SEATTLE — Democrats in the Washington state Legislature thought they had passed a routine sex education requirement for public schools earlier this year. But a coalition of Republicans and religious conservatives launched a swift, historic backlash that’s led to a bitter partisan fight and an effort to overturn the measure on the November ballot.
Democrats in the famously liberal state say they want to protect young people from sexual abuse, diseases and infections. But the increasingly outnumbered and aggrieved Republicans have taken issue with the content of the standards as they rally for local control.
The resulting referendum on the November ballot marks the first time in the country that such a decision on sex ed will be decided by voters.
Under the wide-ranging bill, kindergarteners would be taught how to manage feelings and make friends, while older kids will learn about consent and how to respond to violence. The curriculum must also address issues faced by LGBTQ students.
At least 29 states plus Washington, D.C., require public schools to teach sex education, but the National Conference of State Legislatures and the Education Commission of the States — two organizations that track policy trends — said it has never appeared on a statewide ballot. Instead, the curriculum has been debated at school boards and statehouses.
A Washington state group funded by Republican leaders called Parents for Safe Schools forced the issue onto the ballot by submitting over 264,000 signatures, the most gathered for a referendum to overturn an existing bill or law in the past four decades, according to the secretary of state. It was double the minimum number needed to make the ballot, with two-thirds coming from church sites.
The group helmed by Mindie Wirth, a tech company manager who lives in the Seattle suburb of Bothell, was aided by Catholic parishes that served as signature-gathering locations while the pandemic limited traditional petitioning activities.
“It feels like we’re just not being listened to and I think this is a very large part of what this represents,” said Wirth, a one-time Republican candidate who lost a bid for state Senate in 2016.
Courtney Normand, director of a Planned Parenthood-affiliated political group in the state, is leading the campaign in support of the sex ed bill. She said her coalition didn’t mobilize during the referendum petition because of the pandemic and was dismayed that the opposition’s in-person signature-gathering took place despite Democratic Gov. Jay Inslee’s stay-at-home order.
“It seems to be a political, partisan turn-out goal rather than really an intention about student safety,” Normand said of the Republican-led efforts.
As of Sept. 24, almost half of the $1.1 million raised for Safe & Healthy Youth Washington, the campaign in support of sex ed, has come from Planned Parenthood affiliates.
Parents for Safe Schools — the campaign against the sex ed bill — has amassed $245,000 in contributions. Most came from the Reagan Fund, the political action committee of the Washington State House Republican Leadership.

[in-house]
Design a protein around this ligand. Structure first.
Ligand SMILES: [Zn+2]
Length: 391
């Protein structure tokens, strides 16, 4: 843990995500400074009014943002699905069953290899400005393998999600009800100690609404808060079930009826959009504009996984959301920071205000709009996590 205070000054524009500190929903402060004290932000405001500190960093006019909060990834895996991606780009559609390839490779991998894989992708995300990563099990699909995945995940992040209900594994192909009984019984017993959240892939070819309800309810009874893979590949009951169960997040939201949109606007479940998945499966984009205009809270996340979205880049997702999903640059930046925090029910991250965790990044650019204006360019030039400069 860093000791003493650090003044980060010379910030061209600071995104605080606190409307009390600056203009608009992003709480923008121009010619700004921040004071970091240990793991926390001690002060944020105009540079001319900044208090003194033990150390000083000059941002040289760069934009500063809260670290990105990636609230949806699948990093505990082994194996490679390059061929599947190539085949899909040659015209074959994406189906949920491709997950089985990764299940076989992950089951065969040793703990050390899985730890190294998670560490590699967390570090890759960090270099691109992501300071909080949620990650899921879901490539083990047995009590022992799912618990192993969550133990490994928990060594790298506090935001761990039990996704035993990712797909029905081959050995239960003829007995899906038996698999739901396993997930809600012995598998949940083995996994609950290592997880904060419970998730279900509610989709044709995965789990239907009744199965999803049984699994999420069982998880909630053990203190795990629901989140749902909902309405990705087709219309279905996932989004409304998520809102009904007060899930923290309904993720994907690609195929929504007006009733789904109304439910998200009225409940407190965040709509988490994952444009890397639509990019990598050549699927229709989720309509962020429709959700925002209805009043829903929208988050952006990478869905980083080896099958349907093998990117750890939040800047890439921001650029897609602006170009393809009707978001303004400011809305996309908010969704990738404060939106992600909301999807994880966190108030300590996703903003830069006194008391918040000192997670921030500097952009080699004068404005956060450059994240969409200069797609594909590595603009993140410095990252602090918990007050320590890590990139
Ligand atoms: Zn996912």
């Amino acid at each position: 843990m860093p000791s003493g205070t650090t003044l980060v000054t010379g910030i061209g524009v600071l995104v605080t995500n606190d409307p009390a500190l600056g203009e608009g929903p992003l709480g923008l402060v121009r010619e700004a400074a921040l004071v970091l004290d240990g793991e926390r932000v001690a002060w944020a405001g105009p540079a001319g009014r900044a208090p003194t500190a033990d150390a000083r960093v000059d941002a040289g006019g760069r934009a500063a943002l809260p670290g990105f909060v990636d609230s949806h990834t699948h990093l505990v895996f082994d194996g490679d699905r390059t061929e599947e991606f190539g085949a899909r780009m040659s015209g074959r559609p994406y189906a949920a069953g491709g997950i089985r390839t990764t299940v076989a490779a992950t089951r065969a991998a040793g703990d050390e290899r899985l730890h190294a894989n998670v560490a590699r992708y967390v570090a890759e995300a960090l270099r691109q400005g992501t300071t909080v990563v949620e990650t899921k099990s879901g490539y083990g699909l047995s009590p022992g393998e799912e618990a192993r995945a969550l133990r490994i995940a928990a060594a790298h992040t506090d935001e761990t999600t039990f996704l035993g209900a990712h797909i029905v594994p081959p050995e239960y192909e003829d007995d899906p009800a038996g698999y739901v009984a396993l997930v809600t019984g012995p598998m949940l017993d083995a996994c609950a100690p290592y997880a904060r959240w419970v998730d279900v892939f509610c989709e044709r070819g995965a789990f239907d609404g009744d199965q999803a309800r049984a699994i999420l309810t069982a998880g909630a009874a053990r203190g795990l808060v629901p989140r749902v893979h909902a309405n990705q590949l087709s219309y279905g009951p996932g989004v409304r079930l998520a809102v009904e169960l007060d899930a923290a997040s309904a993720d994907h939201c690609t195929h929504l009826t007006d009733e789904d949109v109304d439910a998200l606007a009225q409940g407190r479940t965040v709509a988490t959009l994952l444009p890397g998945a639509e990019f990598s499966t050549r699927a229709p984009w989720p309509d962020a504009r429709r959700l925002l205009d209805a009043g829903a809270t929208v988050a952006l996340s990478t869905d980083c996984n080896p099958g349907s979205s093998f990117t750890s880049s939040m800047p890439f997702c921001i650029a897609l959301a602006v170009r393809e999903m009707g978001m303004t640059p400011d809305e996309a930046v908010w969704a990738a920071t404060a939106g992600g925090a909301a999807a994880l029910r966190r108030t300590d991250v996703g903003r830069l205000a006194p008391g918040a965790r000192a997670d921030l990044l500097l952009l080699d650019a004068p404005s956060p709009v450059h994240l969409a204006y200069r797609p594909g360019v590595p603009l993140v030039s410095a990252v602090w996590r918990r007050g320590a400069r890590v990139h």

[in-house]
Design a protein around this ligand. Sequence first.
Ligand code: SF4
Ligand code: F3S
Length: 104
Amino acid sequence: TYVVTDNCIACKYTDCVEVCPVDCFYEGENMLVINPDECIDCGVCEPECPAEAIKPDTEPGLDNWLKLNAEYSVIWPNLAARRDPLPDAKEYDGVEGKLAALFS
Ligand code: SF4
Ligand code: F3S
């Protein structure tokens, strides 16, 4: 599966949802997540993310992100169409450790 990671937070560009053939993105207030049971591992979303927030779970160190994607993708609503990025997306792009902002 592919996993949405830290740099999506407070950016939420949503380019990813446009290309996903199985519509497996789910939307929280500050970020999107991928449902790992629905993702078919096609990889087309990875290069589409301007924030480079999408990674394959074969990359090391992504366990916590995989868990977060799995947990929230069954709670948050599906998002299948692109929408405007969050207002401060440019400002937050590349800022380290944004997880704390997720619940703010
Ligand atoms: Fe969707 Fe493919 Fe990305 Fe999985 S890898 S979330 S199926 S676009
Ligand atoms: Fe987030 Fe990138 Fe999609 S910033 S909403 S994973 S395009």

Republicans have slammed the mandate as an affront to local and parental control of education. Though school boards have the authority to create or adopt their own curriculum, opponents said the bill would still dictate what must be covered in classes. Opposition leaders say they aren’t necessarily opposed to sex education but see the statewide mandate as heavy-handed.
The Washington State Catholic Conference, the policy arm of church leadership in the state, is especially opposed to the affirmative consent aspect of the curriculum because the church opposes premarital sex.
“When you get into the issues of how do you say ‘yes’ or how do you say ‘no,’ that can easily open the door to that ‘It’s OK. It’s OK to say yes and no,’ and that steps on our teaching that sexual activity is to be reserved for the sacrament of marriage,” said Mario Villanueva, executive director of the conference.
The fiercely partisan fight has carried over into the non-partisan race for state schools chief.
Maia Espinoza, who was a single mother after having her first child at 19 years old, said she decided to run against incumbent Superintendent Chris Reykdal because she is horrified by the sex ed mandate that his administration requested. Two years ago, Espinoza ran as a Republican in a losing bid for a seat in the state House.
Those in support of comprehensive sex ed say it’s a health and safety measure needed to protect children, and that there is a wide disparity among the nearly 300 public school districts in the state, a small number of which do not teach any sex education.
Reykdal, who previously served three terms as a Democrat in the state House, said the state education department routinely reviews content standards. He said the Legislature was mindful of the sensitivity of the sex ed topic, issuing age-appropriate concepts by grade level and allowing families to opt out of the lessons. Families also have a say when their local school district adopts curriculum.
State Sen. Claire Wilson, a Democrat from the Seattle suburbs, said she was moved to sponsor the bill based on her experience as an educator working with pre-teen mothers and also by hearing from men and women who said they didn’t even know the words needed to describe sexual abuse they endured as children.
“This is not about teaching sex. It never has been and it never will be,” Wilson said.